Katerina: (00:27:25) I would say there are so many stories. When I read them, I’m like, wow, I cannot believe that this was unearthed with the process that we have created with Slant’d. But I would say the thing that stands out to me when, when you ask that question is the journey of storytelling that our contributors take.
So, when we asked for submissions, we just ask for a story idea. We don’t ask for a fully fleshed-out piece or a draft. We take a chance on that potential and give people who don’t consider themselves writers or creatives to create something beautiful. And so, seeing the first draft to the final draft is just absolutely mind-blowing.
We’ve had people completely pivot from what they had submitted to what they ended up submitting for the magazine throughout that process. And Krystie said, it is a journey of self-actualization and unearthing these personal things about yourself, these themes that you grew up with. And a lot of times dismantling what we’ve learned and coming into our own and stepping into our own identity.
So, I would say for me, the journey stands out, and just seeing how powerful storytelling is not only as a tool of self-discovery but stating your presence to the world and then inspiring other people to do the same and get on that journey of self-discovery has been fulfilling and amazing.
Krystie: (00:28:53) I don’t have much more to add to that other than that’s why I believe so deeply in our co-creative process. Kat mentioned that we take a chance on people and we do, and it’s never about. Cool. We signed off on your idea now go right and see you at the finish line. It’s very much we dig into them. We do one-on-one storytelling workshops with them, just to understand the core emotions behind what they’re trying to write.
And the reason why some of these stories, pivot so drastically is that more times than not, they’re finally honest with themselves about what story they want to share. And it’s scary as hell to be able to sit there and be oh my God, this is a big part of me that. Was too scared to be vulnerable about it and put it on the page.
And I think it’s a testament to our process and to our people that we’ve been able to create a space where they feel safe enough to do that. And then I think to layer on top of that, as we believe so strongly in relationships. And so, a lot of ours we pair them up with artists who are also Asian-American identifying and they together get to create a visual piece to supplement the written piece.
And so throughout that process, they become friends. Well, we played matchmaker with them and it’s just such a beautiful way to see people’s stories come to life in multiple ways. So, I agree. I think the journey itself is probably the most fulfilling, but a story for me that stands out that had a very personal impact on me was from our first issue.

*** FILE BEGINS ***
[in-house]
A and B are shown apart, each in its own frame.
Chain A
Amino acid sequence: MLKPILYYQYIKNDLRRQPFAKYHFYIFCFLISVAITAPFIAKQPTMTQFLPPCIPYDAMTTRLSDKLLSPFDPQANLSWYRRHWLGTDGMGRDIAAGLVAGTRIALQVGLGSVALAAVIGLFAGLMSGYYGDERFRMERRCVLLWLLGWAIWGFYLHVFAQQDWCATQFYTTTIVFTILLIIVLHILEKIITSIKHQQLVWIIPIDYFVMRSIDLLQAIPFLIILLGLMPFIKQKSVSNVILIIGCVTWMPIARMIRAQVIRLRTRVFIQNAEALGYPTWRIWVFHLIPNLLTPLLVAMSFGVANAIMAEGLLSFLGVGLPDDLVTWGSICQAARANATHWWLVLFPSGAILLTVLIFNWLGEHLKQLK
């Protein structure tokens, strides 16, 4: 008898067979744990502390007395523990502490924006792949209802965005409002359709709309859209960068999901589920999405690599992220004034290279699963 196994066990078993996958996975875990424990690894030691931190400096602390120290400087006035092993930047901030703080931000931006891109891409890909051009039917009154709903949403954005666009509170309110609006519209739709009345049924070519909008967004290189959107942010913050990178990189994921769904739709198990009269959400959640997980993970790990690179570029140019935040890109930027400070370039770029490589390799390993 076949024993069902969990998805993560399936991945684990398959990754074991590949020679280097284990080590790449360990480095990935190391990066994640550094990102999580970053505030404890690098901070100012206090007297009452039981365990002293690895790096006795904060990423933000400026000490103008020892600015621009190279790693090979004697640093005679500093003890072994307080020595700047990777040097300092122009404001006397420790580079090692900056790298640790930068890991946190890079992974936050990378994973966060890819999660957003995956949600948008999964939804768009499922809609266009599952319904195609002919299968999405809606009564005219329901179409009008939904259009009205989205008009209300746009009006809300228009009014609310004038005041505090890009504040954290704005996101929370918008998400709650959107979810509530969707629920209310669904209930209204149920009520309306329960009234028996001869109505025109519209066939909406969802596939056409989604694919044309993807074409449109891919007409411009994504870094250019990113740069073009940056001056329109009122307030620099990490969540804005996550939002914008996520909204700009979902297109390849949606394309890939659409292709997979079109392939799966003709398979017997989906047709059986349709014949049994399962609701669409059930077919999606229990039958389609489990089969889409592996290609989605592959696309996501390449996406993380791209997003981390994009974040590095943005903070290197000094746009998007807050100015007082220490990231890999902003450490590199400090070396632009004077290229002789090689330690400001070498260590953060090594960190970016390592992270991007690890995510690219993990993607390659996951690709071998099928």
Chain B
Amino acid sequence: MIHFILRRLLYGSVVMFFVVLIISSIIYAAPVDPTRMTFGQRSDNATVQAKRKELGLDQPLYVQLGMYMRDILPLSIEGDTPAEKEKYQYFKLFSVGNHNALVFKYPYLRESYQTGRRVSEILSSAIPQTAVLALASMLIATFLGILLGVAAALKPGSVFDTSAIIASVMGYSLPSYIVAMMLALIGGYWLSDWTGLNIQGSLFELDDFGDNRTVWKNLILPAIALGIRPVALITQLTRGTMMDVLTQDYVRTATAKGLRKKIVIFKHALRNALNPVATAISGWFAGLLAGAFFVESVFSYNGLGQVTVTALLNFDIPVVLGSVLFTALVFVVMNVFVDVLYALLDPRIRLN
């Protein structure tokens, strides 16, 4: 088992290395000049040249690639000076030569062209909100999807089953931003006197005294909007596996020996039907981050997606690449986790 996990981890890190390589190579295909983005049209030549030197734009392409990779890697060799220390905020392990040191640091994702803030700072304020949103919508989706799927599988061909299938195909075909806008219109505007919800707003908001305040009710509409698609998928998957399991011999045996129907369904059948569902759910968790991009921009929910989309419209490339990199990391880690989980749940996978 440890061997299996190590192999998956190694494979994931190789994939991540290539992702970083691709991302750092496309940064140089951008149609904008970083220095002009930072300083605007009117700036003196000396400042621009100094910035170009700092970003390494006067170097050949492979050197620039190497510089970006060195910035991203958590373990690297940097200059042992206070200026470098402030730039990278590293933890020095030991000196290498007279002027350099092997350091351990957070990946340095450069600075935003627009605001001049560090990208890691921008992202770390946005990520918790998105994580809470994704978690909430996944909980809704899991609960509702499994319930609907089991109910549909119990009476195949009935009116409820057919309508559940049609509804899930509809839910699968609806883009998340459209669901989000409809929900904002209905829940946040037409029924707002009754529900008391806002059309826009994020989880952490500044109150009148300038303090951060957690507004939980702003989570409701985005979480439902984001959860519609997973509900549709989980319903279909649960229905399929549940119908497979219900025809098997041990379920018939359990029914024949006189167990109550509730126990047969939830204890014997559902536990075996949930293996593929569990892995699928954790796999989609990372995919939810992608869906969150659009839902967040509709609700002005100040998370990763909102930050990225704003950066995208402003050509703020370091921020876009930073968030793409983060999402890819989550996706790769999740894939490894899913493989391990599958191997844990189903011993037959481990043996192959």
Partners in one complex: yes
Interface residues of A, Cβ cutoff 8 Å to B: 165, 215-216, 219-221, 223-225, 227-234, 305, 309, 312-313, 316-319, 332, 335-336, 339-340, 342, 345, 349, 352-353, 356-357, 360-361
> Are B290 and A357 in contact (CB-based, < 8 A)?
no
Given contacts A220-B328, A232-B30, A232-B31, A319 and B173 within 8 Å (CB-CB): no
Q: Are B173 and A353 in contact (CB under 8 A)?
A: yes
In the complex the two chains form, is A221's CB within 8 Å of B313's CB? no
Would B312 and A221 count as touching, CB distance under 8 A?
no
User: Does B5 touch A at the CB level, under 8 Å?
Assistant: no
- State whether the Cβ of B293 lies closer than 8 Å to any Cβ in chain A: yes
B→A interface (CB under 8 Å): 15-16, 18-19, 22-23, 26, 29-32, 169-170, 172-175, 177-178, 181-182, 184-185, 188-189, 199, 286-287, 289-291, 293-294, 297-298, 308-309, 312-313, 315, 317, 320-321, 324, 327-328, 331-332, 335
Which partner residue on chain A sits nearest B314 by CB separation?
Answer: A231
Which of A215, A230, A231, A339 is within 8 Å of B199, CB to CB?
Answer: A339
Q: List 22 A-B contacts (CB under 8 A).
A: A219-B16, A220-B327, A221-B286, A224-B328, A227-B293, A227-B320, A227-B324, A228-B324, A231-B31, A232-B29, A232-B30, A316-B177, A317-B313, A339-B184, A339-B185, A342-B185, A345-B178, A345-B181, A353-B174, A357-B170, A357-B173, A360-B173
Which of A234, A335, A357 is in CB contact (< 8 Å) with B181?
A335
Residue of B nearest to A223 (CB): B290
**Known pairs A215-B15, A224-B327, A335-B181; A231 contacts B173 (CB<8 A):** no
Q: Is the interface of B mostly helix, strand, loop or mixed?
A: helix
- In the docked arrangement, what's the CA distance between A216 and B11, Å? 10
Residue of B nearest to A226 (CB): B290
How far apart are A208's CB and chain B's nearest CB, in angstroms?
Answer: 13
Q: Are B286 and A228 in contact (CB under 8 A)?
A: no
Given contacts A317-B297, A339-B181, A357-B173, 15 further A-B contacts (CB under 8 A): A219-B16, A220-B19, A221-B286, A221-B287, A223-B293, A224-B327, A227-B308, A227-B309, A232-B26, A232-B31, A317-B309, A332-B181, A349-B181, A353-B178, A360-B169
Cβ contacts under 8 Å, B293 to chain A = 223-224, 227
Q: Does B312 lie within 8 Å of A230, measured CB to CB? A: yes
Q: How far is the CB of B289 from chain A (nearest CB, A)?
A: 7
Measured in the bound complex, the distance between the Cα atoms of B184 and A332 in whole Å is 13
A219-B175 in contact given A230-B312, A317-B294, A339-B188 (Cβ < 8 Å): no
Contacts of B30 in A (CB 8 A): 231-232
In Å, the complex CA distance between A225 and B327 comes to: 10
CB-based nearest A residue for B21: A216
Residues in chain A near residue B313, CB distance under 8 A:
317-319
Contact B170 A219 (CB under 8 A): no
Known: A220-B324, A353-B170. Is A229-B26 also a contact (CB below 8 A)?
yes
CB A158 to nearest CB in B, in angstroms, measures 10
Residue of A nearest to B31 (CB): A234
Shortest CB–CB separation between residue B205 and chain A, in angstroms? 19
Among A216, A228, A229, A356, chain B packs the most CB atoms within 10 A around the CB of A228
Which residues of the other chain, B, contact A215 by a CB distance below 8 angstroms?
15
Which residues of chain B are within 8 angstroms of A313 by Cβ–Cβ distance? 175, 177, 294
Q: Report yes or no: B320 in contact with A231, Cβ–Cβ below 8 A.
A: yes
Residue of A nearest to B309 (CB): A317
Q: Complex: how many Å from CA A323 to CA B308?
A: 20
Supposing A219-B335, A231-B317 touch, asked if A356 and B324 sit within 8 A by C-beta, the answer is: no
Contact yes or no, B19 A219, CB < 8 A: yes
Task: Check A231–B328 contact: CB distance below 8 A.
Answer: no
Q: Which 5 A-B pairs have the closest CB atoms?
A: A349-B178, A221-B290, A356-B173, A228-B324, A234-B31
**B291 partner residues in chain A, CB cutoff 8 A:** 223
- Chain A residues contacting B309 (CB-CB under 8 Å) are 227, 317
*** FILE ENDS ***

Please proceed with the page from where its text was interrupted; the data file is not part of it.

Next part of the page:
And it was about the power of and we have one, this issue is our first-ever screenplay. It talks about the power of names, but from a very different perspective than the one in issue one was about the power of this woman’s last name and how, when she got married, she changed her last name to match her husband’s.
And after they went through a divorce, she started to question how much of herself does she give up in the process? And it was a really deep, almost meta exploration of a name. And she went back to think about it. Well, the last name that I got was actually from my mother.
And then she started thinking about how her mother and that generation chose names themselves as a way to reclaim their identities and reclaim their power. And it resonated so deeply with me that actually for people who didn’t know me before, my last name is Mak, M A K it’s my father’s last name.
And I’m actually in the process of changing it to Yen, which is my mother’s last name. And the reason for that is that I was raised by a single mom. And my entire life, she’s been the reason, why I am, who I am today in all the most wonderful ways. And so, a final act of not final acts, but the biggest act of filial piety, I felt I wanted to change my name to like honor her for her work and her sacrifice. And I don’t think I would have been able to do that.
Sorry, that was a cargo bike. I don’t think I was able to do that. Without having read that piece in issue one, it just deeply resonated so much, in my soul that I felt moved enough to make a personal change.
Maggie: (00:31:57) That’s amazing. I feel my heartstrings are being timed on right now. I thought that was, yeah. I mean our journeys, as you said, they’re always ever-evolving figuring out who we are on an everyday basis, and I’m finding more and more about, the history of my family culture, heritage, and I think that I will continue to learn more and more about it every single day as you grow up. Yeah.
Bryan: (00:32:24) Yeah. I mean, just on the topic of names as well, like how’d you get from, with names Slant’d I’m kind of curious about was what does it mean behind that? How’d you guys come up with that name? Because we love it and we like it a lot. It feels strong and political at the same time.